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Tools I'd like to see - revisited

 I'd like to see a bur set, 45 or 90, cut with a profile designed
for "fat girdle" stones. They would look like regular setting burs,
except instead of a sharp edge, the edge would be squared slightly,
to cut a notch in a prong that would provide clearance for stones
with thicker girdles. 

Dear David,

I was cleaning up old emails and found this entry and an answer
struck me.

Burrs for " fat girdle " stones could be made from regular setting
burrs by grinding or sanding the sharp edge away .

This will leave the edge squared slightly, but with the same 45 ,
70, or 90 degree outside profile. The upper and lower cutting edges
would remain sharp and at the same angle.

The amount ground off the outside edge would determine the
girdle thickness which would be left in the prong or side wall .

And perhaps by grinding a " safe edge " on the upper or lower
cutting edge of these burrs, you could also quickly manipulate which
part ( upper or lower ) of the seat which could be cut away.

In the past I have used # 8 cut escapement files and or gravers to
correct these problem. Slow - very slow .

This is another use for all the old bits which we all keep in hopes
of finding a use for.

I have several medium grit 1" x 3" diamond honing sticks. These are
used to clean up and deburr hard cutting tools. Cheep and works

I am getting ready to begin moving soon, and I will not be able to
check this out . If it works out, some one please let me know as
cutting stone seats in prongs and walls is not easy .

ROBB - Still waiting for the other shoe to fall.


Robert, Making a 45 or 90 degree bur for a thick girdle is not a
setting solution. I rarely have encountered a stone with these
angle’s. The bur is used only to cut a seat for the stone, if these
burs are your choice instead of using a setting bur. After the seat
is cut you should file or sand the top of the prong back… this will
allow any size girdle to be set. Karel


Tools I’d like to see - revisited

Nicolaas, I have had to make compromises in my prong setting
techniques due to my having lost use of a finger and part of my thumb
on my right hand ( I am right handed ).

I have found several solutions to this shortcoming, none as fast as
coming straight down with a setting burr. If You can do it . I can’t

First I preset my prong alignment as normal and check for prong
height . I then cut with a 90 or 70 degree burr with a setting stop to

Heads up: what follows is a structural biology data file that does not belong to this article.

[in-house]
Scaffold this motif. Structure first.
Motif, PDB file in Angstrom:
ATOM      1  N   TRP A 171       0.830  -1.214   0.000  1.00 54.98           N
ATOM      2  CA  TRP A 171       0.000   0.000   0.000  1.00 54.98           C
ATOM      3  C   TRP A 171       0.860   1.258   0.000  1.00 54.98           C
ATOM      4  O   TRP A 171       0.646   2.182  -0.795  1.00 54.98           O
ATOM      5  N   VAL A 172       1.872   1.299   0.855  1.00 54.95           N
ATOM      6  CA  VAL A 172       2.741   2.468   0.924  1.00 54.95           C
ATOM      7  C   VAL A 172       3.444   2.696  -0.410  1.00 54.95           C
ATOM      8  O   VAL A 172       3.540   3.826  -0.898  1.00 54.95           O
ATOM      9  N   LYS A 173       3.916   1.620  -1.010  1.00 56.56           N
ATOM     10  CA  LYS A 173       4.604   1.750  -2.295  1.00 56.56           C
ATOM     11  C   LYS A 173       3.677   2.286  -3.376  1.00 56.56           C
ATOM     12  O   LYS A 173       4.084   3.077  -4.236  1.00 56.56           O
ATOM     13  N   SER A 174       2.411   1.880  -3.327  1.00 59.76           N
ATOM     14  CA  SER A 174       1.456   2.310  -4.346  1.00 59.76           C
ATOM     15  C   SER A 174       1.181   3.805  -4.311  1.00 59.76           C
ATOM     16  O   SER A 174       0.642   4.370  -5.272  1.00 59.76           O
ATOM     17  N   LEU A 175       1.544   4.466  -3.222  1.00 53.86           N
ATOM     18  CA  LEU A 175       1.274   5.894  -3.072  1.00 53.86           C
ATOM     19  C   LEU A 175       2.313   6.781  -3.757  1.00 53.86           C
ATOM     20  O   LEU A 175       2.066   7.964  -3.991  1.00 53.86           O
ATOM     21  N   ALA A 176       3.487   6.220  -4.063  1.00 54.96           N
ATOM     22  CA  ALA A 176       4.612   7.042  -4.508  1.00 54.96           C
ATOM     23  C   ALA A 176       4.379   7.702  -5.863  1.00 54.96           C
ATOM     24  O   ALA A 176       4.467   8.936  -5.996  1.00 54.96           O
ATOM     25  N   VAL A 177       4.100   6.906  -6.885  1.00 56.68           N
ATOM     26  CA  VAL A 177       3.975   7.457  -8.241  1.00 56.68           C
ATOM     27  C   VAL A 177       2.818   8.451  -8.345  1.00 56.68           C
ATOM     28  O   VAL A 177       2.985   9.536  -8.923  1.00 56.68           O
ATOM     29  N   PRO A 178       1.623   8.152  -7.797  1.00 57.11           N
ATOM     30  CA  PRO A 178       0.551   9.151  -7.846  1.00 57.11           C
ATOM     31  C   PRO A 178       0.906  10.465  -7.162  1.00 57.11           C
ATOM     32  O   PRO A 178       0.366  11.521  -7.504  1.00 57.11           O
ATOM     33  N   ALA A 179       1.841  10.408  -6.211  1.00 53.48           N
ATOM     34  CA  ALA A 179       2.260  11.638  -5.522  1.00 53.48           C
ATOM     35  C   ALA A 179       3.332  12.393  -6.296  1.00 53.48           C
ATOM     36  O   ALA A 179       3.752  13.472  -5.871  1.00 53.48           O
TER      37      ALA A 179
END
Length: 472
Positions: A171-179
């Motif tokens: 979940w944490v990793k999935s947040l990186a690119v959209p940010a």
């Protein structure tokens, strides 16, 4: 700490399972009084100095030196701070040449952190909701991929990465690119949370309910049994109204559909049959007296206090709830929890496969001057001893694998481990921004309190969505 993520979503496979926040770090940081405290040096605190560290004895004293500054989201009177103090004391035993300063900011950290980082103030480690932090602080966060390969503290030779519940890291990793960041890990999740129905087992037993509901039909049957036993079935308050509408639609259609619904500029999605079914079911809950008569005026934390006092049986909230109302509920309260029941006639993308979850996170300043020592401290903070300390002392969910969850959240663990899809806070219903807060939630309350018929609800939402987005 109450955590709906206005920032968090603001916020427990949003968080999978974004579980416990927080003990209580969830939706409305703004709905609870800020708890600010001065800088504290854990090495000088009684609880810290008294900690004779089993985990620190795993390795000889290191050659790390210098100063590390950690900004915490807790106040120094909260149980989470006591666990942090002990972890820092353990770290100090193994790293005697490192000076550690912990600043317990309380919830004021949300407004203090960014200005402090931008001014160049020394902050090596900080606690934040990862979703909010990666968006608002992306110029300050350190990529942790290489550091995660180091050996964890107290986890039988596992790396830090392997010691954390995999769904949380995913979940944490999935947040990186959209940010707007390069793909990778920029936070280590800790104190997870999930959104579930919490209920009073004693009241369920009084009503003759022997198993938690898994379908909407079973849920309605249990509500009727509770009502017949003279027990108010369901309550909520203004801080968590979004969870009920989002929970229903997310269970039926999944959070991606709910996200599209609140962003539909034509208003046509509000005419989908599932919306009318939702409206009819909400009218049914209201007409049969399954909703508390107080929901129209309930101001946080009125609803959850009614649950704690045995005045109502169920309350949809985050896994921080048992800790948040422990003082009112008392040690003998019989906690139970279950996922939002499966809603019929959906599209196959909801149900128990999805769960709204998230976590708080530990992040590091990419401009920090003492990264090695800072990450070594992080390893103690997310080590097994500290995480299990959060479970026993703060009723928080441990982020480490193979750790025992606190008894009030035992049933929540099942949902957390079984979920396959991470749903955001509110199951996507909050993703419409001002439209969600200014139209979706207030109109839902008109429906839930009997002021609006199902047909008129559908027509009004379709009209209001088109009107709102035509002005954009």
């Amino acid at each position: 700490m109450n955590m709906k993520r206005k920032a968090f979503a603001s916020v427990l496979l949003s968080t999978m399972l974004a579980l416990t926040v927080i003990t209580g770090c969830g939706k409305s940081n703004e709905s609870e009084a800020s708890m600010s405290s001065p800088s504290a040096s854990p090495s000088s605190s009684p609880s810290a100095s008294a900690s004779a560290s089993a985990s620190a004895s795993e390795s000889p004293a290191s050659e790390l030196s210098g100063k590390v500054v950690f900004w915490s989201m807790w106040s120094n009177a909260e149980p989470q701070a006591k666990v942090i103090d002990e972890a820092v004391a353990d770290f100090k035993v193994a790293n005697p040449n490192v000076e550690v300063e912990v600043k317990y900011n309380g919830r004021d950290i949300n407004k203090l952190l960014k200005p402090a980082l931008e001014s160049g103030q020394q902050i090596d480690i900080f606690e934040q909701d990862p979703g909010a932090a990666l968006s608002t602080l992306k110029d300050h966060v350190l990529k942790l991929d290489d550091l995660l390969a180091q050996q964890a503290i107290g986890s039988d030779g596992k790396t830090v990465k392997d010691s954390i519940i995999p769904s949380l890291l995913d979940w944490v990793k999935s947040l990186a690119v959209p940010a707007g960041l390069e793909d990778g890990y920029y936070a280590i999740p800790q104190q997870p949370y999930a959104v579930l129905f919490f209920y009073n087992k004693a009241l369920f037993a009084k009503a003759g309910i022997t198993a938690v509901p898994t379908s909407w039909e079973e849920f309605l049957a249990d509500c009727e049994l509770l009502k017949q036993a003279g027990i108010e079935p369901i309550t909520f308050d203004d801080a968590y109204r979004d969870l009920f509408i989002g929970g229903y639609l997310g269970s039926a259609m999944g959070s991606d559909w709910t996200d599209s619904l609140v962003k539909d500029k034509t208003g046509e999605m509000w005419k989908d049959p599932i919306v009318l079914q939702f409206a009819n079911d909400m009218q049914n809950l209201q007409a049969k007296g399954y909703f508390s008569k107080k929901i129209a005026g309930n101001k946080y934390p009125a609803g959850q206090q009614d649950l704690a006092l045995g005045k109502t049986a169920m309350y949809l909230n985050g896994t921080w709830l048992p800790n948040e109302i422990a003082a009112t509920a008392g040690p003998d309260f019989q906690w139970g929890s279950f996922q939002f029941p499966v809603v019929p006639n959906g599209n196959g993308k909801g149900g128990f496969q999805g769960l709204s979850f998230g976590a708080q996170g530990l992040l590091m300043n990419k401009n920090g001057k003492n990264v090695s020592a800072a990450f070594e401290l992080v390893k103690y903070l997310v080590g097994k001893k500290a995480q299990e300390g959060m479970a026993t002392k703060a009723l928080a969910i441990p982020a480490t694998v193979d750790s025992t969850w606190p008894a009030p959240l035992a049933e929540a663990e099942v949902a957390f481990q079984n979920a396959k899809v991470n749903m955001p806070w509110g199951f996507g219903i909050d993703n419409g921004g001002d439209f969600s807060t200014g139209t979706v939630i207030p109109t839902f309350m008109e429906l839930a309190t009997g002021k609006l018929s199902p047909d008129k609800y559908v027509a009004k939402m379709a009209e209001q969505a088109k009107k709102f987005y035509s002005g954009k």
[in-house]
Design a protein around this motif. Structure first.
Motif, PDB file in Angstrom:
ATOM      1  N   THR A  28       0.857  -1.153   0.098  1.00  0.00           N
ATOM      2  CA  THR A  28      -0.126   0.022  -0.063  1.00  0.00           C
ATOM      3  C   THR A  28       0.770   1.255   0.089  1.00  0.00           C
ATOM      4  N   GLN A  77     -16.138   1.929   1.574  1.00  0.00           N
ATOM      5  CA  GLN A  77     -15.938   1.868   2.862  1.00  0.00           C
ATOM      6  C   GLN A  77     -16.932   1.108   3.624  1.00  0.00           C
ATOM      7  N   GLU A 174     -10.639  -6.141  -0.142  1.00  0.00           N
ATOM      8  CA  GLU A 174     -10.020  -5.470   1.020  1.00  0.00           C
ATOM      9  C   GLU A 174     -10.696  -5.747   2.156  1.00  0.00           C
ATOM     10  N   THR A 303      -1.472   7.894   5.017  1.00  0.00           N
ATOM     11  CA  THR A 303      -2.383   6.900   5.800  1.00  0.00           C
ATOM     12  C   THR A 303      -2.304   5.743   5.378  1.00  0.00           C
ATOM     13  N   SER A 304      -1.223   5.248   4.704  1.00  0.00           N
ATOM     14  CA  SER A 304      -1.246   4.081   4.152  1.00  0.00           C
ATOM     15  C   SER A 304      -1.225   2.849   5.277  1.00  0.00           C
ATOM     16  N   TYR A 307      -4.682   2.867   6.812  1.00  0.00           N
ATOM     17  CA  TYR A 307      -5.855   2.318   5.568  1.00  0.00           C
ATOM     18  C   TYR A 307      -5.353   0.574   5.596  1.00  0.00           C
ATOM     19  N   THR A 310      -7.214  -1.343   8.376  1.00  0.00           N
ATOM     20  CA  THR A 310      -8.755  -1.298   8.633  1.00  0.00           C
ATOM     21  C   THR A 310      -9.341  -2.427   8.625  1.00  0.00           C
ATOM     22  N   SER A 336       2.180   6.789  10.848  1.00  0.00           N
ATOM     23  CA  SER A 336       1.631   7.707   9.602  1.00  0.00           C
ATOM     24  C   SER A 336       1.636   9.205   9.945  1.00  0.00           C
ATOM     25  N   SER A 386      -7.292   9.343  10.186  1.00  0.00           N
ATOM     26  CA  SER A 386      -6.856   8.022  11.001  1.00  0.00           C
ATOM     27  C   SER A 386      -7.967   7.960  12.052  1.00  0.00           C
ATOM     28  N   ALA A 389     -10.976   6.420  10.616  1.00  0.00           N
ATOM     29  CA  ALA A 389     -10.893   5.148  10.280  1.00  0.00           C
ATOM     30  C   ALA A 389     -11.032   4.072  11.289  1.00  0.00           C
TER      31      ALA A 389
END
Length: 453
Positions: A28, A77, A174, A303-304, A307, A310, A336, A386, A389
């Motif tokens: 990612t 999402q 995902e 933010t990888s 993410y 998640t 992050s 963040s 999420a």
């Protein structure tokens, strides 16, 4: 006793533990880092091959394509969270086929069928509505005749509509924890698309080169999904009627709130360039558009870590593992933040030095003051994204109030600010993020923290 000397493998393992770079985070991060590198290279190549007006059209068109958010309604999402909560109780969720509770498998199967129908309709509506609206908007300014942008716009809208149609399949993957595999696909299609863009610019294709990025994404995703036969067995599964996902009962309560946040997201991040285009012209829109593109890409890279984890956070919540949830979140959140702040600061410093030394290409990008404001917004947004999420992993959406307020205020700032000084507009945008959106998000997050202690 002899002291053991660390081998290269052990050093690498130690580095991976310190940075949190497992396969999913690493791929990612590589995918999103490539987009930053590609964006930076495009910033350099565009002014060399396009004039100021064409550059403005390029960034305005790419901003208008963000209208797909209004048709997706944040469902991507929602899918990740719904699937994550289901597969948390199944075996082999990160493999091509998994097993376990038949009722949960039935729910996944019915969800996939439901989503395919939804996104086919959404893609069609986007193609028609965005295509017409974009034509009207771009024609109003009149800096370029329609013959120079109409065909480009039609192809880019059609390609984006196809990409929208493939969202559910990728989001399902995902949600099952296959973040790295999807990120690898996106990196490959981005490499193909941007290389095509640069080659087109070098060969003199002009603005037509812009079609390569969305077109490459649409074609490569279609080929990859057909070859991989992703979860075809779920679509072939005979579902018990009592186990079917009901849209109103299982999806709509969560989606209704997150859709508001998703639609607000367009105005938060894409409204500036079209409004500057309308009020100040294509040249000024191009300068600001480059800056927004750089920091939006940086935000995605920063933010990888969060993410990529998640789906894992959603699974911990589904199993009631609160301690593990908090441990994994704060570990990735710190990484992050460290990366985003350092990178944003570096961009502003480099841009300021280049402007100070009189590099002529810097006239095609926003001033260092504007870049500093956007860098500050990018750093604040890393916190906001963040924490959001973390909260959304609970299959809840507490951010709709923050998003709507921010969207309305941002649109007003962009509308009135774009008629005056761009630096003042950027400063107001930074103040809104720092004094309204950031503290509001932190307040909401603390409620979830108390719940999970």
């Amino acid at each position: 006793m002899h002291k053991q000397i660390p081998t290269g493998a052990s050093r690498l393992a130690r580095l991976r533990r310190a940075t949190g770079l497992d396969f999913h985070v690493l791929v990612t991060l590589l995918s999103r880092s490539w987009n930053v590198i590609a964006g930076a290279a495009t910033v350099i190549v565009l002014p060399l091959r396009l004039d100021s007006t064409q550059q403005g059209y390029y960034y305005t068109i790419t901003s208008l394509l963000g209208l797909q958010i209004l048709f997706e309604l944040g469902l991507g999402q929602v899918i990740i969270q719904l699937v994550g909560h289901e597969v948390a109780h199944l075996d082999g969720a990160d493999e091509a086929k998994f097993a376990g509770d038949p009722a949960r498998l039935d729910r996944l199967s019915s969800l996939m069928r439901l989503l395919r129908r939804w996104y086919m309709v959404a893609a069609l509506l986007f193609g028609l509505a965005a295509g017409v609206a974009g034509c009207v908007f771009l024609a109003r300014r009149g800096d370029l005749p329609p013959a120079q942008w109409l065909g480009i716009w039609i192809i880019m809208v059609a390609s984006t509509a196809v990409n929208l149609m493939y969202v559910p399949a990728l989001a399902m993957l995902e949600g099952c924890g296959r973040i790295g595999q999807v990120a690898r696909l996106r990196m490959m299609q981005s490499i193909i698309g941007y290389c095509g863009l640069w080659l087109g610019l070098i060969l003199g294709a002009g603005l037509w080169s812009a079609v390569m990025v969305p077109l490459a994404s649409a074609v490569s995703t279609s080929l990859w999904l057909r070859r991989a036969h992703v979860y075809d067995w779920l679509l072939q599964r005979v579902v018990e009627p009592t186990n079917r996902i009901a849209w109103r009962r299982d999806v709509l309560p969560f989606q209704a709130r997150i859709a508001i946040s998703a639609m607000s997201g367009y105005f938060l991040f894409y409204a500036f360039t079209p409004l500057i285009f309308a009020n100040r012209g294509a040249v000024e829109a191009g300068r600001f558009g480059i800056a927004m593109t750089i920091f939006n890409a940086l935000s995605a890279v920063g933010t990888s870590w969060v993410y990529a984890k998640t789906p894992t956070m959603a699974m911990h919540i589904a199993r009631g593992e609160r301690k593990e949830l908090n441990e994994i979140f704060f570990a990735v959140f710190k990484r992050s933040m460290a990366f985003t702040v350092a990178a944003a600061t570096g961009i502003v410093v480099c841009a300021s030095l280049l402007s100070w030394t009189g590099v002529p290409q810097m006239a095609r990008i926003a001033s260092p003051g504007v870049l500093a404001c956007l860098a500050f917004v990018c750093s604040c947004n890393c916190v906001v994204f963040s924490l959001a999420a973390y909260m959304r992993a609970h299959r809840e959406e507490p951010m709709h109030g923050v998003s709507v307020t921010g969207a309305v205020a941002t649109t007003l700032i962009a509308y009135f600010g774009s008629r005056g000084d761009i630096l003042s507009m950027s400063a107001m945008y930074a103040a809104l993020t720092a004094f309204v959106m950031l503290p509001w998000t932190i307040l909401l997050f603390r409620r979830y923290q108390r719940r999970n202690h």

control depth . Rio Grande - “Stone Setting Stops” - $ 19.25 for 2 ,
3/32" dia. I have 4 total, two which are kept set with 90 degree
burrs ( large & small ). ( I need to remind myself to get 70 degree
burrs ). Depth is easy to set and maintain. - MOST HIGHLY RECOMMENDED

The outside of the prong is then cut back slightly and forced down.
The cup burr should be used before pushing the prong down. Then clean
up with an three sided escapement file with one safe side. Then a
fine silicone pumice stone lightly. Check Stone Hardness .

We were taught to set stones, first, on cast bronze heads we cast
ourselves. Cast heads can be hardened somewhat by burnishing with a
magnetic pin polisher and then by further burnishing with a pin on a
small mandrel. Then in fourth semester we moved up to store bought
heads in 14 K . Oh - Happy Day. We still cast and finished everything
else though.

Another use for these setting stops is when I am cutting a bezel
bottom for setting a cabochon in a cast setting. First file the
bezel top flat. Then use the flat top to maintain the cutting depth
with the setting stop. I have found an inverted cone burr is just the
ticket to cut the ledge. Then file or pumice stone the bezel outer
face. Solid . Use a Bench Mate with Jett Sett to support the inside
and hammer set.

I am slow because I am old . I am cranky because I have had much
practice . I am humble, because Crow has become part of my food group

< Grin >


Robert, I’m certainly sorry for the compromises you’ve had to make,
however I can’t tell you how many times I’ve seen stone setting done
with a 90 degree bur with a large v shaped cut next to the girdle…
Obviously by your description you have the knowledge…but lets be
honest… most jewelers leave that nasty little cut by the girdle,
and most do not polish the setting after the seats are cut… By the
way I use those depth gauge’s also, great little device. Karel